We need more Woodrow Wilsons. Our modern lives are full of paradox:
Ensuring basic freedoms, while maintaining homeland security. Offering a helping hand, while maintaining the value of independence. Limiting the size and cost of government, while providing needed services to those whose quality of life is connected to it.
These issues call for the skills of Wilson, and more. They call for everyday citizens to get involved. Really involved. And volunteers do just that.
President Wilson was able to find ways to intersect his passion and his profession. Those in government enjoy this privilege. But those in the private sector also find similar opportunities in organizations such as the Froedtert Volunteer Associates.
The beneficiary of their fundraising focus, as selected by their Board of Directors, merges my profession, public safety, with the passion of so many: keeping our teens safe from the great threat of an untimely death by automobile.
"Forever Changed: Saving the Lives of Our Youth Through Education”, a cooperative venture with the Froedtert Hospital trauma staff, is a full-scale simulated car crash complete with Flight for Life, local emergency responders and the medical examiner.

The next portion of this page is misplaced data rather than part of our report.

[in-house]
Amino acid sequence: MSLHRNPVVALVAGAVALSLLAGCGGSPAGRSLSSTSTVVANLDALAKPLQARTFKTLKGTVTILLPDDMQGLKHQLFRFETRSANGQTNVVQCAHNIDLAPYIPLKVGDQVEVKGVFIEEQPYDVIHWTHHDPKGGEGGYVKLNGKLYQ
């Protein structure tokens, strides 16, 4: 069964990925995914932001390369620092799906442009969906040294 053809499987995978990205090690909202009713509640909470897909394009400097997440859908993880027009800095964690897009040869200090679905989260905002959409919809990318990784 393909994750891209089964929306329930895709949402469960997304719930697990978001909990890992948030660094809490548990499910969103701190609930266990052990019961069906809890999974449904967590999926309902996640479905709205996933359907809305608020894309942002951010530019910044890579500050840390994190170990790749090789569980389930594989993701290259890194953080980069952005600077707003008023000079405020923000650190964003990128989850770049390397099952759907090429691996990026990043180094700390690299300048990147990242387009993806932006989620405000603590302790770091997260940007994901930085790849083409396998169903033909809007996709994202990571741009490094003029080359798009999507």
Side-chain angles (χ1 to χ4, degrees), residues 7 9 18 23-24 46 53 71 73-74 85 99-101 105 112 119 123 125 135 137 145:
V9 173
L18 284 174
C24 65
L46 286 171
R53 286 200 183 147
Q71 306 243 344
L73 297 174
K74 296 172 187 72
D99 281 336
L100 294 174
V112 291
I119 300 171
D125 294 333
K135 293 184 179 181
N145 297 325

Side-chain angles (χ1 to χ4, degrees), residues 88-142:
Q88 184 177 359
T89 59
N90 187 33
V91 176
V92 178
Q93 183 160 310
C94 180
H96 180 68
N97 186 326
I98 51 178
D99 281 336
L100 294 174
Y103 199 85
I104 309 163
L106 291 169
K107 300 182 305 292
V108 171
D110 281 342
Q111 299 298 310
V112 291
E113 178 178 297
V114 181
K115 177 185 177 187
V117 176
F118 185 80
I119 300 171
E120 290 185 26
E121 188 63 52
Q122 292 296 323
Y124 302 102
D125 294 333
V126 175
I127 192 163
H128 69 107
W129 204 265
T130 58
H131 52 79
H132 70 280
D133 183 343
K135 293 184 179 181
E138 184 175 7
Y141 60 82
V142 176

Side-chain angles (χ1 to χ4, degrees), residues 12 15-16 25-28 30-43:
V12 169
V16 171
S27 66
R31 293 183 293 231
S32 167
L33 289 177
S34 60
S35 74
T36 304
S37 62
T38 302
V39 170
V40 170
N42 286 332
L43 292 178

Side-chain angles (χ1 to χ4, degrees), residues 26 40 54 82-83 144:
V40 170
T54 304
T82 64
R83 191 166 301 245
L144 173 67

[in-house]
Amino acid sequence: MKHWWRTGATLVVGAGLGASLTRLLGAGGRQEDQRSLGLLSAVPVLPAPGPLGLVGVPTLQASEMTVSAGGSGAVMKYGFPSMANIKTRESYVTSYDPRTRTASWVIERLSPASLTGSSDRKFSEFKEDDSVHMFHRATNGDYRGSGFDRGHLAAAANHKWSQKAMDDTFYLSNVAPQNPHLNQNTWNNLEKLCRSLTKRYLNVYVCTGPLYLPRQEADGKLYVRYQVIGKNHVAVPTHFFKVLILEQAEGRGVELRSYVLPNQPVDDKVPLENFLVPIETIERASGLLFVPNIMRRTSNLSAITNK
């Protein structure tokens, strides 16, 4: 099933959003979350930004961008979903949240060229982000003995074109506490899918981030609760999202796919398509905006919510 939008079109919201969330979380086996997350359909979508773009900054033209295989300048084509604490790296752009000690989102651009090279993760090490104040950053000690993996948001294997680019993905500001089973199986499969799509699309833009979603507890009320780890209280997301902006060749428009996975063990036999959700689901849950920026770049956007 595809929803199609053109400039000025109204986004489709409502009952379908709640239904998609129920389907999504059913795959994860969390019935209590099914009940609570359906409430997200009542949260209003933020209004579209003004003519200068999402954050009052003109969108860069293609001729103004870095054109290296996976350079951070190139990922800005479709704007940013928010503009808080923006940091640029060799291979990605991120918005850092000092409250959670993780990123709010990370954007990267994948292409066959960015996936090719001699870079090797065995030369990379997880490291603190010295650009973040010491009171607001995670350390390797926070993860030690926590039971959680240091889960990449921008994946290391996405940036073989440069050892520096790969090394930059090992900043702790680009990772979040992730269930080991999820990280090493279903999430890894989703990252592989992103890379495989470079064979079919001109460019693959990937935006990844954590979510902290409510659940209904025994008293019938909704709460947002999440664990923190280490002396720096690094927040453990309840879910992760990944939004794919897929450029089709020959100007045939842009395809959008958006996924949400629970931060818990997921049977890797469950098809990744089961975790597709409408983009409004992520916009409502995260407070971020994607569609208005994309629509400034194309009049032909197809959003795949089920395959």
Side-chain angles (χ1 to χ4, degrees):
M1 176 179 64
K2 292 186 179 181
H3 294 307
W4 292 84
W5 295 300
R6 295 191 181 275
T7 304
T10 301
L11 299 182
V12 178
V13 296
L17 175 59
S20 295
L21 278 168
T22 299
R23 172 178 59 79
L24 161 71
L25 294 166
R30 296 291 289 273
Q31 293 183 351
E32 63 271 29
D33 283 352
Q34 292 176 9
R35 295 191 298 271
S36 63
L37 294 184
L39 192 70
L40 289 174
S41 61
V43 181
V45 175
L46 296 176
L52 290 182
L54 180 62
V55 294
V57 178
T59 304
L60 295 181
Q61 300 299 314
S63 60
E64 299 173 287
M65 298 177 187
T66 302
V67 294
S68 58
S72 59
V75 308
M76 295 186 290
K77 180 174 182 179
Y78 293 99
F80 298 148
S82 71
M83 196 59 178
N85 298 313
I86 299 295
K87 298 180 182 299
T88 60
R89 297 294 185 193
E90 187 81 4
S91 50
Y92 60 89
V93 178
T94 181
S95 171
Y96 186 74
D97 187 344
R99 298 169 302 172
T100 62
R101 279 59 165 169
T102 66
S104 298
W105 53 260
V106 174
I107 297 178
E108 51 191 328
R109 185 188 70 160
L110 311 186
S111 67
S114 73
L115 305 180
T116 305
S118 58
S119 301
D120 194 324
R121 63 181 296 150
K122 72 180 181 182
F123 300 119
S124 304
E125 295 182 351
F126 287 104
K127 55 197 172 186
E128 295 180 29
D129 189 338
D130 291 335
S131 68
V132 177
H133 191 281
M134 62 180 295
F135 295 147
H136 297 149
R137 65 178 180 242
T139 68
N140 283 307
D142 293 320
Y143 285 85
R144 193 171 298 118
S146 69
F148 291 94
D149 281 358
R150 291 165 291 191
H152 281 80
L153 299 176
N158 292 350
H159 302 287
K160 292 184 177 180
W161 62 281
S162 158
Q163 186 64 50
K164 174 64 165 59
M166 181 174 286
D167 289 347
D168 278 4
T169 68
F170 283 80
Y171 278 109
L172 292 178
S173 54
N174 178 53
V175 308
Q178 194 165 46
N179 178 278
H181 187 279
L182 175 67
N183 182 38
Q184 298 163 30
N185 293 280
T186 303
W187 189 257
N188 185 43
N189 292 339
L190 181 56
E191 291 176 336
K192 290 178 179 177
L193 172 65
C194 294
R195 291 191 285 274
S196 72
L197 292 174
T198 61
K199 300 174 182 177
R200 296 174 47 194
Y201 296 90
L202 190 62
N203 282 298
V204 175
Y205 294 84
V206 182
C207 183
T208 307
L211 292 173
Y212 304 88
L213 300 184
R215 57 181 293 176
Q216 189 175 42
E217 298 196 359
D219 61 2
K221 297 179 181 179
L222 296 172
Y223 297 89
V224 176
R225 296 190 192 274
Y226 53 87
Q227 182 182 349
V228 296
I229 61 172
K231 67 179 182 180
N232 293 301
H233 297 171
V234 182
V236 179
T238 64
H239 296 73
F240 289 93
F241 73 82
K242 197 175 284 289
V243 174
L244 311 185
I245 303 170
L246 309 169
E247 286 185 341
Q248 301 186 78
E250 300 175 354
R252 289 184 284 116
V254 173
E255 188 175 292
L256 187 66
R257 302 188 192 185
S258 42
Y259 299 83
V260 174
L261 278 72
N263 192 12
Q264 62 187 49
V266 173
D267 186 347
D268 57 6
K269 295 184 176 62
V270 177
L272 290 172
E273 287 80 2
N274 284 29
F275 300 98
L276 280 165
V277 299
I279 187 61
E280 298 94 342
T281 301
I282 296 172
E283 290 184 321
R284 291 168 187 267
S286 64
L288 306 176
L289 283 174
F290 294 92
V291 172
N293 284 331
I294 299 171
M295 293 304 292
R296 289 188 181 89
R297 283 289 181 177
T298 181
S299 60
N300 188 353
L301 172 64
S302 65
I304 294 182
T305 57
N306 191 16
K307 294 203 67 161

This high impact program allows students to witness the tragedy that is associated with crashes resulting from high-risk driving behaviors.
In the life of teens, two birthdays carry great significance. The first is 16, which brings the independence of a driver's license. The second birthday of significance is 18, when they become responsible for themselves. The key, and in this I remind you that I am speaking with the voice of 33 years surveying the wreckage that the mistakes of youth and inexperience visit upon teens, is to encourage young people to approach their newfound freedoms with moderation and the wisdom handed down from a healthy upbringing.
And nowhere is this more important than in driving behaviors, because driving demands responsibilities and choices. Some that, tragically, last forever.
Last year, this reality reverberated throughout our community when a deadly rollover crash in the stadium interchange killed Sydney Tabakin, a high schooler from Mequon. Two other teens, including the driver, Madeleine Kudlata, had their lives altered after Kudlata lost control and rolled her SUV. Sydney Tabakin had been riding in the back seat without a seat belt, and died at the scene.
This past spring, Kudlata pleaded No Contest to Homicide by Negligent Operation of a Motor Vehicle, as a result of her driving too fast for conditions, having an open container of alcohol in her car, and marijuana in her system. Two injured; one dead; and three lives shattered, one irretrievably.
My agency is data driven. We go where the numbers tell us we should apply our resources and choose strategies that are effective, rapidly deployed, and relentlessly assessed for success or adjustment.
The data states it clearly: In 2010, as in every year, motor vehicle crashes were the leading cause of death for U.S. teens, accounting for more than one in three deaths in this age group.